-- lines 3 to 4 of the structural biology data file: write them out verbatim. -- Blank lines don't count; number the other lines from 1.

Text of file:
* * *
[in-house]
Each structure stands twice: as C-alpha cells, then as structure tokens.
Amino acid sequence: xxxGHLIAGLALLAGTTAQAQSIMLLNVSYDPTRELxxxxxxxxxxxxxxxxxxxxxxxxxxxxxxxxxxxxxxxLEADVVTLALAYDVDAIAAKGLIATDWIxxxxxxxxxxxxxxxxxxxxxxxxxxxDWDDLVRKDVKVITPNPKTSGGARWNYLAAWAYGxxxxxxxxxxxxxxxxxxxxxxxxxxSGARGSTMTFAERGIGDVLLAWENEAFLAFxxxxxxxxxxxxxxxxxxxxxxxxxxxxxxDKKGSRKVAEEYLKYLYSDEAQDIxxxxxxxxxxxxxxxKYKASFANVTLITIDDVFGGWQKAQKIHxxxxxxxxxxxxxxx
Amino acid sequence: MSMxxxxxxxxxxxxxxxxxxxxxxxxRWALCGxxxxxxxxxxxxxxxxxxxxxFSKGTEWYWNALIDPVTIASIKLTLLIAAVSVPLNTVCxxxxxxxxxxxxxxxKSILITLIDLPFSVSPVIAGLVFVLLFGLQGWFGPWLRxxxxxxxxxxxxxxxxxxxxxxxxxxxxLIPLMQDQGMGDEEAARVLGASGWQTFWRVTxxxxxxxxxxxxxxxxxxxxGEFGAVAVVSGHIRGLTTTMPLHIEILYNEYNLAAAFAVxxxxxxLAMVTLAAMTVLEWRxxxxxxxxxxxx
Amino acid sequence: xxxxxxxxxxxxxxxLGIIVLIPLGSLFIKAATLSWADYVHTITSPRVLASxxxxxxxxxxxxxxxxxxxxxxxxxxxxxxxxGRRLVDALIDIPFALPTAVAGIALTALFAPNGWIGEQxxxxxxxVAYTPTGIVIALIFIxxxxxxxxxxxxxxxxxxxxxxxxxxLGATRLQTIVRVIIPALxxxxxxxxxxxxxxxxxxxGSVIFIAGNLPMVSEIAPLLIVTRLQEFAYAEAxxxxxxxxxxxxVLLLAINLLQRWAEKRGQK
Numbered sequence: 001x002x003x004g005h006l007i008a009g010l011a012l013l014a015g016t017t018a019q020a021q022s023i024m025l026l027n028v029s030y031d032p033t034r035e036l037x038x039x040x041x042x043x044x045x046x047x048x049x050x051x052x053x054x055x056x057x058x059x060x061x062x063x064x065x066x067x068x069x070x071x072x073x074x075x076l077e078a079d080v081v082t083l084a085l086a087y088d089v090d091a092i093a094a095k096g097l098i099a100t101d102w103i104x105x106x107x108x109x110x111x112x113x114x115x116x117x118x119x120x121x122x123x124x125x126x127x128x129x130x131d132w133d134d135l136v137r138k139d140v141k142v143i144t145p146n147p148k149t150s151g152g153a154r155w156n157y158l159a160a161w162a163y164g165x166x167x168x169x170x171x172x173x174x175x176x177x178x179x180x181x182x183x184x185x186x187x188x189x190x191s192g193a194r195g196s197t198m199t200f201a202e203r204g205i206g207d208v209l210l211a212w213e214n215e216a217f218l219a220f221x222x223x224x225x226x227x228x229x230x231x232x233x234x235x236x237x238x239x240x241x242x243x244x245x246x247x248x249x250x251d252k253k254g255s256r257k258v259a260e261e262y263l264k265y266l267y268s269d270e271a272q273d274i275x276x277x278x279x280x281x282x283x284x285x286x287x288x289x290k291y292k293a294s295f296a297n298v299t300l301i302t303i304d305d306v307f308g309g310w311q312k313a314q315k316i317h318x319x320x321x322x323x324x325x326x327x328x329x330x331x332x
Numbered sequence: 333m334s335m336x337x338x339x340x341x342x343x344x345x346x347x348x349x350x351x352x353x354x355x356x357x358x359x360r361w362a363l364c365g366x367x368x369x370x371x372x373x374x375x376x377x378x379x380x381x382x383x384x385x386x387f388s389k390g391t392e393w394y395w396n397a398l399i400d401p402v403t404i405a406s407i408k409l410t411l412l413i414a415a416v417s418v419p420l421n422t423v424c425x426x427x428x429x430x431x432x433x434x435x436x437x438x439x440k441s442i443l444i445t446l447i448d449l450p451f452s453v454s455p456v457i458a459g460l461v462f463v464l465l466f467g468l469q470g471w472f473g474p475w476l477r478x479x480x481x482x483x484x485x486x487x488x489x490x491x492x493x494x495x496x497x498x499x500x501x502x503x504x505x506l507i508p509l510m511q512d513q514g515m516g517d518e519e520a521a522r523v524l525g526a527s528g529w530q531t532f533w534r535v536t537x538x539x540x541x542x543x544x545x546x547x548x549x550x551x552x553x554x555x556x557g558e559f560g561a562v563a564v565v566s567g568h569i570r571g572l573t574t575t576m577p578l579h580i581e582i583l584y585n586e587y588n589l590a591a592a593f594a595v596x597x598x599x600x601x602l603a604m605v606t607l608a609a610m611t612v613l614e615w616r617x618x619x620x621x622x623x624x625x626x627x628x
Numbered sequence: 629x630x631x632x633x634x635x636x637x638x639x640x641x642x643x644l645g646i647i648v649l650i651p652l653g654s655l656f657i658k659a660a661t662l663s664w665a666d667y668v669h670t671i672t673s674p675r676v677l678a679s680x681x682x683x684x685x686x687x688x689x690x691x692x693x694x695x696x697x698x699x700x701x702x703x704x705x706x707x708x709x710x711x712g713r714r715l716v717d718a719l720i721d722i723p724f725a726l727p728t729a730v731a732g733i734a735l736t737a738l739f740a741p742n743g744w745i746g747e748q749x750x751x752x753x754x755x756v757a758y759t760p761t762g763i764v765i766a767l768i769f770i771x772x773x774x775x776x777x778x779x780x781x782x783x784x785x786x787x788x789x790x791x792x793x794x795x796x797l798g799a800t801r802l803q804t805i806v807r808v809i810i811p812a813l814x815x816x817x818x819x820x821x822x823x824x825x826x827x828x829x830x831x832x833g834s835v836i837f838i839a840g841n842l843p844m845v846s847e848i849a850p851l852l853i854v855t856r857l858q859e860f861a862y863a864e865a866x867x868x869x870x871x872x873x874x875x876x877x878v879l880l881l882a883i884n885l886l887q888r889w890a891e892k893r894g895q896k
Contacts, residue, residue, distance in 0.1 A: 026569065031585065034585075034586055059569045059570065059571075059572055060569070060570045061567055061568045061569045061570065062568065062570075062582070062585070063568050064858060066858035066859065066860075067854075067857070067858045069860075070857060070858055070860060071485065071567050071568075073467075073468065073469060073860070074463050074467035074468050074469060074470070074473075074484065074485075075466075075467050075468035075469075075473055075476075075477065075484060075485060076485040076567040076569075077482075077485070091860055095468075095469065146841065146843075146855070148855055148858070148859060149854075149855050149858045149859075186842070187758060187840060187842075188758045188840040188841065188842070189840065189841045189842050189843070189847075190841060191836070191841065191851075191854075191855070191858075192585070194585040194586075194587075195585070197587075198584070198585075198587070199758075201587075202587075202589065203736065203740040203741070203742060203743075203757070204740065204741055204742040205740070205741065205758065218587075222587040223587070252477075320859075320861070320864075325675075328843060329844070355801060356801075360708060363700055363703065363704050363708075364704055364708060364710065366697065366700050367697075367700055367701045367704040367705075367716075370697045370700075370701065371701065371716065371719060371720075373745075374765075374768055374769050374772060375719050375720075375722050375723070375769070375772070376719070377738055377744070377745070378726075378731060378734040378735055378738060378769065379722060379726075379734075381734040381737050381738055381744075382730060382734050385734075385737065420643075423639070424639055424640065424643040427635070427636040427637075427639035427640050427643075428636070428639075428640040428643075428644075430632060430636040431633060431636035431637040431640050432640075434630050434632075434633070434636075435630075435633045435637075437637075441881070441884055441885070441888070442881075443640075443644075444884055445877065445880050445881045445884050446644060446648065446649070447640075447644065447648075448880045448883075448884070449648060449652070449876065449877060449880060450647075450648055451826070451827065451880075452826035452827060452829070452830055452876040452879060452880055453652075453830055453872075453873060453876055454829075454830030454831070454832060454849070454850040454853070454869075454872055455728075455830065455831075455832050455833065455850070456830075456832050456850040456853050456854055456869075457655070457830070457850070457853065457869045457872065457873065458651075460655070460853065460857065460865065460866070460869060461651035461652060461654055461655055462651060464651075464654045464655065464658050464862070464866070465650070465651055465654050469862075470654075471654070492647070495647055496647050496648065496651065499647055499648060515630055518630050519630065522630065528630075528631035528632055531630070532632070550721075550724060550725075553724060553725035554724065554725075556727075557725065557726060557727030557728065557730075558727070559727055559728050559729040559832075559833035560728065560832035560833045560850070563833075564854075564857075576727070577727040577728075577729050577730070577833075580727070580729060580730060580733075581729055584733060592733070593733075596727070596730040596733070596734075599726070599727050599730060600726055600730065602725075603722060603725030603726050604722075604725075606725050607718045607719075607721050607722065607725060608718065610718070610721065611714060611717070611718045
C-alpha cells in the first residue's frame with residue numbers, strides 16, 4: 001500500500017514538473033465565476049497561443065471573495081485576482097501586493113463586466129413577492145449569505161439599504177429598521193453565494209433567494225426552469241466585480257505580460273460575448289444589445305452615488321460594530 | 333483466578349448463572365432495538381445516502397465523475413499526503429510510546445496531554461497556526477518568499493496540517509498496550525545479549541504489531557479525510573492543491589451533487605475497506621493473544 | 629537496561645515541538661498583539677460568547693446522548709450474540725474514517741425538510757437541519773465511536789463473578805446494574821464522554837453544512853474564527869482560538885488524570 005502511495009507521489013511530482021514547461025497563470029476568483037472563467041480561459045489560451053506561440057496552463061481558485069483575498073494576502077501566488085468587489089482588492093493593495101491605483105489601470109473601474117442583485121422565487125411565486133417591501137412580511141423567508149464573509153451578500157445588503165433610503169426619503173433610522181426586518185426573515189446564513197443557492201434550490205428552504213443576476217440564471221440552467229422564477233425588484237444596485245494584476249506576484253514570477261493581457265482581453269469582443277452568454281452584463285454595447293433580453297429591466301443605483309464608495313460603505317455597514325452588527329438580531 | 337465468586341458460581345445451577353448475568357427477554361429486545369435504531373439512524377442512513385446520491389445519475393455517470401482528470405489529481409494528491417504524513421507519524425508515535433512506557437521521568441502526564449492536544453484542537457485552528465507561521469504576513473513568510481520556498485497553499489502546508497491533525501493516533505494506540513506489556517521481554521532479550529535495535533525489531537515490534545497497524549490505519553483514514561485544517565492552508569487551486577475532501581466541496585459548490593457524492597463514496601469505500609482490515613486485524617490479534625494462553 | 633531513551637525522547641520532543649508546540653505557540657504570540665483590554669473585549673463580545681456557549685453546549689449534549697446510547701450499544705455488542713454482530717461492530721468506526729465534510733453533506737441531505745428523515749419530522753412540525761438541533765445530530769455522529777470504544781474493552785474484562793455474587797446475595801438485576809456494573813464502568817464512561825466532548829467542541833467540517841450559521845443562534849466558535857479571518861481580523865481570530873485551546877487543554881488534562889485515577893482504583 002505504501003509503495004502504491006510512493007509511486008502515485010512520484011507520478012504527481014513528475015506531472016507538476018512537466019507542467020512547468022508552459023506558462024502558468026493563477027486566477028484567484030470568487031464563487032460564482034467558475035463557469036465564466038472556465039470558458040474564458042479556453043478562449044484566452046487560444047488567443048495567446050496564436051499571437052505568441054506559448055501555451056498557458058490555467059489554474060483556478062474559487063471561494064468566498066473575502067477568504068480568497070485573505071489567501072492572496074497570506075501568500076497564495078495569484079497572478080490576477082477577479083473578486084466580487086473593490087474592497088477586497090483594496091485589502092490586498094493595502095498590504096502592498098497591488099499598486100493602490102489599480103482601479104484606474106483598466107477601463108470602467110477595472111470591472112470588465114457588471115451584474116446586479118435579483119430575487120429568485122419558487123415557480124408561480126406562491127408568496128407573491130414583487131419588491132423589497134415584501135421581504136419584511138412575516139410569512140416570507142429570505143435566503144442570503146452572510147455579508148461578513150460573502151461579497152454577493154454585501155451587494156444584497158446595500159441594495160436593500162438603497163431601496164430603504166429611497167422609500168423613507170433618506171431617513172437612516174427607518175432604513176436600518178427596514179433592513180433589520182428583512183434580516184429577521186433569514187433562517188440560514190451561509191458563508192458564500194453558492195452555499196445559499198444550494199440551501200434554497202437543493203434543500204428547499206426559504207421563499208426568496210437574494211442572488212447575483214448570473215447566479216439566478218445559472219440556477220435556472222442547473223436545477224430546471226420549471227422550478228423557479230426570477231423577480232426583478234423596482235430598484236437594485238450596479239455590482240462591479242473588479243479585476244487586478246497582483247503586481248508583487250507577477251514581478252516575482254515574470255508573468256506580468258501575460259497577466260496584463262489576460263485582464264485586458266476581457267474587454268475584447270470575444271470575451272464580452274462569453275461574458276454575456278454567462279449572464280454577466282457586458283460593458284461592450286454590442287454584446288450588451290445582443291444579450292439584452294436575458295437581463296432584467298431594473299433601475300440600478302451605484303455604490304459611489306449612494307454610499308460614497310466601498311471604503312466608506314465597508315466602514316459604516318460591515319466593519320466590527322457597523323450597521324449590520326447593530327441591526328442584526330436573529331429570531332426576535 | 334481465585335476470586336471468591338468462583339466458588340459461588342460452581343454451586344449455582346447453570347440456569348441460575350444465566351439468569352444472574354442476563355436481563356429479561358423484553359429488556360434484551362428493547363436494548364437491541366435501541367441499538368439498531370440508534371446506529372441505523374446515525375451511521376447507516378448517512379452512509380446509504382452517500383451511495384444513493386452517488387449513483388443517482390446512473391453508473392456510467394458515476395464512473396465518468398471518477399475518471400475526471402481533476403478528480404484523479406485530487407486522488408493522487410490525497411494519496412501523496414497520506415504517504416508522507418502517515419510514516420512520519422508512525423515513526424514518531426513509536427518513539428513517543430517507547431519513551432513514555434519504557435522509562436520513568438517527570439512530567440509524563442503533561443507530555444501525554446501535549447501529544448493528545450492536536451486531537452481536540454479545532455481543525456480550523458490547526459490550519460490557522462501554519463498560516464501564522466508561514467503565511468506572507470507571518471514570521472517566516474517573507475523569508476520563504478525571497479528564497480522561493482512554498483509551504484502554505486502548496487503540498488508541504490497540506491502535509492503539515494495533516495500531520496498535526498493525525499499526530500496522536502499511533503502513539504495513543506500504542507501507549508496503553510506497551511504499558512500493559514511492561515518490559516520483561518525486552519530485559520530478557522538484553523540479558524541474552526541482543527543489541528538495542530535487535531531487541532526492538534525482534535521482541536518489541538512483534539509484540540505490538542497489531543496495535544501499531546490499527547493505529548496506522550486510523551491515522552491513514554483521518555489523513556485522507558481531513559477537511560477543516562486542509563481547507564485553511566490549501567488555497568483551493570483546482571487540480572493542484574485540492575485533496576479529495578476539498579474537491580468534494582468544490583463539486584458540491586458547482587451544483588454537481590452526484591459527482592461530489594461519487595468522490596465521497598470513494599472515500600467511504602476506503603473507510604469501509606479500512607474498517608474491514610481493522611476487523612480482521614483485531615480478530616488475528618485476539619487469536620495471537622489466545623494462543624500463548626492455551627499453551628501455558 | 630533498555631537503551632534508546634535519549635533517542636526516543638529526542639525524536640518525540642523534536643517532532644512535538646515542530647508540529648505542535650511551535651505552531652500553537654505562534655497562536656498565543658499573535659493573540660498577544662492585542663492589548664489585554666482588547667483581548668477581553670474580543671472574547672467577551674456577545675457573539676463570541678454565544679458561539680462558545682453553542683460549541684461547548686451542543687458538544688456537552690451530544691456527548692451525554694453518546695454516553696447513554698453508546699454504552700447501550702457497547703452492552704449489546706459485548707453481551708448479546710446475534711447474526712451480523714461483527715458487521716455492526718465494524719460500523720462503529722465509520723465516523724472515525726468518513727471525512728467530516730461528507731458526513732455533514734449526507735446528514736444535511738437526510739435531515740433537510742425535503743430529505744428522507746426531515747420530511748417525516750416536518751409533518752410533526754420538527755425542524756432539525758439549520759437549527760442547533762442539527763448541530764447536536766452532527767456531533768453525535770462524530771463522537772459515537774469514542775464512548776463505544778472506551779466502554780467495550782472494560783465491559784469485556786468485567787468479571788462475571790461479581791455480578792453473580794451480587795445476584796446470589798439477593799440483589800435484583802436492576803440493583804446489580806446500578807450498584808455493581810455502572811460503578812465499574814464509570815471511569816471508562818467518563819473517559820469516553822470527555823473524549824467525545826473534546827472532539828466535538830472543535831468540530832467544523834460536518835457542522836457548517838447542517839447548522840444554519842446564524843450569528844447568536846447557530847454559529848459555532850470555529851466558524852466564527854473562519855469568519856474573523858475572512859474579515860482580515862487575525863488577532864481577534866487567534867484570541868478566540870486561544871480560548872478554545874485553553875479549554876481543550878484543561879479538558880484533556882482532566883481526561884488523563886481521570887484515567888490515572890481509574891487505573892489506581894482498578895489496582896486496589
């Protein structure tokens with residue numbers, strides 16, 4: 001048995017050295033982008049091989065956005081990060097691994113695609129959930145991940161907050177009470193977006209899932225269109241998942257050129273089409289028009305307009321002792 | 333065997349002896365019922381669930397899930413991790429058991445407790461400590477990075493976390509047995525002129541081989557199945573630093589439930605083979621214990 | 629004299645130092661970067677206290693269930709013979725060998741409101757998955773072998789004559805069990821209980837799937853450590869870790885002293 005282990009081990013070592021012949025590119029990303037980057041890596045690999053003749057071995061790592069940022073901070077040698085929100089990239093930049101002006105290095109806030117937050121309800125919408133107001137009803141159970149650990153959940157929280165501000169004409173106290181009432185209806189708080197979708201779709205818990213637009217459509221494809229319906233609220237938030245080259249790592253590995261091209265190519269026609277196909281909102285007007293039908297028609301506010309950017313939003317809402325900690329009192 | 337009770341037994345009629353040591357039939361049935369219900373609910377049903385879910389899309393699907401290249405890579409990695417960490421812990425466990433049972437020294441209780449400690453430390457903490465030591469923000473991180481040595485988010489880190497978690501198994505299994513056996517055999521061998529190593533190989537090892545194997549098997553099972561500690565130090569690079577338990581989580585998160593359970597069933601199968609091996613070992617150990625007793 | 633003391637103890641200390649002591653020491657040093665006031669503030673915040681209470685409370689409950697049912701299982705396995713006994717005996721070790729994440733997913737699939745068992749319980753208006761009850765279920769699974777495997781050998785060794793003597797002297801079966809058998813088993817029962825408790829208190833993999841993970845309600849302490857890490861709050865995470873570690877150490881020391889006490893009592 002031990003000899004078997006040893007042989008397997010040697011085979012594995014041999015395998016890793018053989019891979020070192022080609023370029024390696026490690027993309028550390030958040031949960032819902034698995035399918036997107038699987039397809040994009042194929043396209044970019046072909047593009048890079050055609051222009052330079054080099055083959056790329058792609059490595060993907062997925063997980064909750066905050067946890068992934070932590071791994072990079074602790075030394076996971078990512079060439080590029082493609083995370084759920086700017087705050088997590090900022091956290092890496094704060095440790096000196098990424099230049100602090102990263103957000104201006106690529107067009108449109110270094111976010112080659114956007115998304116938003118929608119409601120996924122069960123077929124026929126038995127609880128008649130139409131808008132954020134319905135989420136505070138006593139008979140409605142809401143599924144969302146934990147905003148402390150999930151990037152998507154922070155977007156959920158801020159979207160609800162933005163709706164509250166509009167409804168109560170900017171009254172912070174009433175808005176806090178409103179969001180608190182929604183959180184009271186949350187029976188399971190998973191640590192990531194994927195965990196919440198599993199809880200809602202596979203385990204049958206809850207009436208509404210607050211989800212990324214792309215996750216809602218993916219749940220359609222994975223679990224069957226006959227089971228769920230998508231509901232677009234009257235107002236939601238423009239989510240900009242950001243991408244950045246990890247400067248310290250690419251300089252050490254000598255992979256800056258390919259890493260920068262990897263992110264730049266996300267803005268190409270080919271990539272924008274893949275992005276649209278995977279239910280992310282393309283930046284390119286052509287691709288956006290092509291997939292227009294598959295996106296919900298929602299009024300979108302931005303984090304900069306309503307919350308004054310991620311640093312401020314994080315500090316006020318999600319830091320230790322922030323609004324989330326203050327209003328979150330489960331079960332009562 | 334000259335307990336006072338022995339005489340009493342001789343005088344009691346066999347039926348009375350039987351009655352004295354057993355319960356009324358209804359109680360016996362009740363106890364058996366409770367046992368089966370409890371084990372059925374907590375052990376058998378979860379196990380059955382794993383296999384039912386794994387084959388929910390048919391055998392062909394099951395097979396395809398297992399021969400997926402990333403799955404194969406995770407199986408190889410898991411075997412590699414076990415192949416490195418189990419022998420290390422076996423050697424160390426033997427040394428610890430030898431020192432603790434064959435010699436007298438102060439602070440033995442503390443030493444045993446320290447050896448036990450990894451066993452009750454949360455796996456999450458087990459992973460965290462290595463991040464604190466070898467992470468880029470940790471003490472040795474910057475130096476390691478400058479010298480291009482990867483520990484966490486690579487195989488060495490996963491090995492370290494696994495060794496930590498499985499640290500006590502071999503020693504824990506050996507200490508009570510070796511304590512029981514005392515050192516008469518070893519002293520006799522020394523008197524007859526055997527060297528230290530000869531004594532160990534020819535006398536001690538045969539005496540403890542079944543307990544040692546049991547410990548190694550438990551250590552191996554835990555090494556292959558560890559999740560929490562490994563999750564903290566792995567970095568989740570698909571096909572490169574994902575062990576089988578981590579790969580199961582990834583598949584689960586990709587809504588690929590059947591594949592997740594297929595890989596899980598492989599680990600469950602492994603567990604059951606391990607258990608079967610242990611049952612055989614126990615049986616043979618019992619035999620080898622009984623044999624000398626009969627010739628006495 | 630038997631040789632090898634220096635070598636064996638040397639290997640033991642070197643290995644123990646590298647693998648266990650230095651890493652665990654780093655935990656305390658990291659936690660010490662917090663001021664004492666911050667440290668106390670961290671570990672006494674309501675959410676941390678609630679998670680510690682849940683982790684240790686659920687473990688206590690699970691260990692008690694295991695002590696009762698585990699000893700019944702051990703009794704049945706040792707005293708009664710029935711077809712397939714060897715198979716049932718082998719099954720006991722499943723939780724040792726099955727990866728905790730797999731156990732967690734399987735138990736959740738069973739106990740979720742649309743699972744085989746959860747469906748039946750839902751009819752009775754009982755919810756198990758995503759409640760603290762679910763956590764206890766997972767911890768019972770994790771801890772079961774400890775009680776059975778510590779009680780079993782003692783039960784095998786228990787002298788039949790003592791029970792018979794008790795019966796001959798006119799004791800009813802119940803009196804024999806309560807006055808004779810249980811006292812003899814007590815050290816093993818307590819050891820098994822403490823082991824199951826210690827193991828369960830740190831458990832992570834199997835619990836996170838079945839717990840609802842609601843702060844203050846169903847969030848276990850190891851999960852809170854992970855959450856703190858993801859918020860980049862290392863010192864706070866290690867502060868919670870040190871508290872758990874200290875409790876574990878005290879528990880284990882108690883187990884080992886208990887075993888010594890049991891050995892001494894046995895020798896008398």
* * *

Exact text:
Amino acid sequence: xxxGHLIAGLALLAGTTAQAQSIMLLNVSYDPTRELxxxxxxxxxxxxxxxxxxxxxxxxxxxxxxxxxxxxxxxLEADVVTLALAYDVDAIAAKGLIATDWIxxxxxxxxxxxxxxxxxxxxxxxxxxxDWDDLVRKDVKVITPNPKTSGGARWNYLAAWAYGxxxxxxxxxxxxxxxxxxxxxxxxxxSGARGSTMTFAERGIGDVLLAWENEAFLAFxxxxxxxxxxxxxxxxxxxxxxxxxxxxxxDKKGSRKVAEEYLKYLYSDEAQDIxxxxxxxxxxxxxxxKYKASFANVTLITIDDVFGGWQKAQKIHxxxxxxxxxxxxxxx
Amino acid sequence: MSMxxxxxxxxxxxxxxxxxxxxxxxxRWALCGxxxxxxxxxxxxxxxxxxxxxFSKGTEWYWNALIDPVTIASIKLTLLIAAVSVPLNTVCxxxxxxxxxxxxxxxKSILITLIDLPFSVSPVIAGLVFVLLFGLQGWFGPWLRxxxxxxxxxxxxxxxxxxxxxxxxxxxxLIPLMQDQGMGDEEAARVLGASGWQTFWRVTxxxxxxxxxxxxxxxxxxxxGEFGAVAVVSGHIRGLTTTMPLHIEILYNEYNLAAAFAVxxxxxxLAMVTLAAMTVLEWRxxxxxxxxxxxx